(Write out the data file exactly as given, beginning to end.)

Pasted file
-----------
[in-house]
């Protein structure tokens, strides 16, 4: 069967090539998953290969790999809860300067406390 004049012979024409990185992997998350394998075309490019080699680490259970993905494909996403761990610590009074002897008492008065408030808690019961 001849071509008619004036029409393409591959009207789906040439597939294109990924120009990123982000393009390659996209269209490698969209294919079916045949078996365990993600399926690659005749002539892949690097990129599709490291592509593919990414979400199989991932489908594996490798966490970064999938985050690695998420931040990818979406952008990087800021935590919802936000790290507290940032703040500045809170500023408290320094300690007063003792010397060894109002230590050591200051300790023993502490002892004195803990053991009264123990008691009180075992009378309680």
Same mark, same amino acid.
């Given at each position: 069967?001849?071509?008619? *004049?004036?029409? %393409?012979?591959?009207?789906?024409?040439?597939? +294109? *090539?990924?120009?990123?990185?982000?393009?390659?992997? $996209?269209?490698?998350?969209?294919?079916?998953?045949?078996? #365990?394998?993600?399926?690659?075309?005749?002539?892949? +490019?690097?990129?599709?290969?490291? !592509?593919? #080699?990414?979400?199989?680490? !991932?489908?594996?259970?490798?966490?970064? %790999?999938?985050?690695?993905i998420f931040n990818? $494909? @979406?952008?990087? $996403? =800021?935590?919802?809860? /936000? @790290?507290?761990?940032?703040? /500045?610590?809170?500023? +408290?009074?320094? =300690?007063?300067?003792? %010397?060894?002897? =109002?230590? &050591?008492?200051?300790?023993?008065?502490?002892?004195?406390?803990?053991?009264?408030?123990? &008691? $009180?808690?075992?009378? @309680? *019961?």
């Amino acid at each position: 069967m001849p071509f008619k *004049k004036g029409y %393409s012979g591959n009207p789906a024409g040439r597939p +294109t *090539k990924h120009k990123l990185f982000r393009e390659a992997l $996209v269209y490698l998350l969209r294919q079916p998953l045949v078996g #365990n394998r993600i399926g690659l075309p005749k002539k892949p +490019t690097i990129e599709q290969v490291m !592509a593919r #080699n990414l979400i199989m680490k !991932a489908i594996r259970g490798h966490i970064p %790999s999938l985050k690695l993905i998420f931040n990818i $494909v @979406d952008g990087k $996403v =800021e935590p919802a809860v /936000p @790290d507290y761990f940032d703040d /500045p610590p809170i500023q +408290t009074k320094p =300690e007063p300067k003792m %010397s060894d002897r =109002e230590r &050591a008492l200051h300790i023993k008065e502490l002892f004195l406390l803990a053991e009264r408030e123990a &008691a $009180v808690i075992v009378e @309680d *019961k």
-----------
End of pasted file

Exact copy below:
[in-house]
């Protein structure tokens, strides 16, 4: 069967090539998953290969790999809860300067406390 004049012979024409990185992997998350394998075309490019080699680490259970993905494909996403761990610590009074002897008492008065408030808690019961 001849071509008619004036029409393409591959009207789906040439597939294109990924120009990123982000393009390659996209269209490698969209294919079916045949078996365990993600399926690659005749002539892949690097990129599709490291592509593919990414979400199989991932489908594996490798966490970064999938985050690695998420931040990818979406952008990087800021935590919802936000790290507290940032703040500045809170500023408290320094300690007063003792010397060894109002230590050591200051300790023993502490002892004195803990053991009264123990008691009180075992009378309680």
Same mark, same amino acid.
């Given at each position: 069967?001849?071509?008619? *004049?004036?029409? %393409?012979?591959?009207?789906?024409?040439?597939? +294109? *090539?990924?120009?990123?990185?982000?393009?390659?992997? $996209?269209?490698?998350?969209?294919?079916?998953?045949?078996? #365990?394998?993600?399926?690659?075309?005749?002539?892949? +490019?690097?990129?599709?290969?490291? !592509?593919? #080699?990414?979400?199989?680490? !991932?489908?594996?259970?490798?966490?970064? %790999?999938?985050?690695?993905i998420f931040n990818? $494909? @979406?952008?990087? $996403? =800021?935590?919802?809860? /936000? @790290?507290?761990?940032?703040? /500045?610590?809170?500023? +408290?009074?320094? =300690?007063?300067?003792? %010397?060894?002897? =109002?230590? &050591?008492?200051?300790?023993?008065?502490?002892?004195?406390?803990?053991?009264?408030?123990? &008691? $009180?808690?075992?009378? @309680? *019961?």
């Amino acid at each position: 069967m001849p071509f008619k *004049k004036g029409y %393409s012979g591959n009207p789906a024409g040439r597939p +294109t *090539k990924h120009k990123l990185f982000r393009e390659a992997l $996209v269209y490698l998350l969209r294919q079916p998953l045949v078996g #365990n394998r993600i399926g690659l075309p005749k002539k892949p +490019t690097i990129e599709q290969v490291m !592509a593919r #080699n990414l979400i199989m680490k !991932a489908i594996r259970g490798h966490i970064p %790999s999938l985050k690695l993905i998420f931040n990818i $494909v @979406d952008g990087k $996403v =800021e935590p919802a809860v /936000p @790290d507290y761990f940032d703040d /500045p610590p809170i500023q +408290t009074k320094p =300690e007063p300067k003792m %010397s060894d002897r =109002e230590r &050591a008492l200051h300790i023993k008065e502490l002892f004195l406390l803990a053991e009264r408030e123990a &008691a $009180v808690i075992v009378e @309680d *019961k």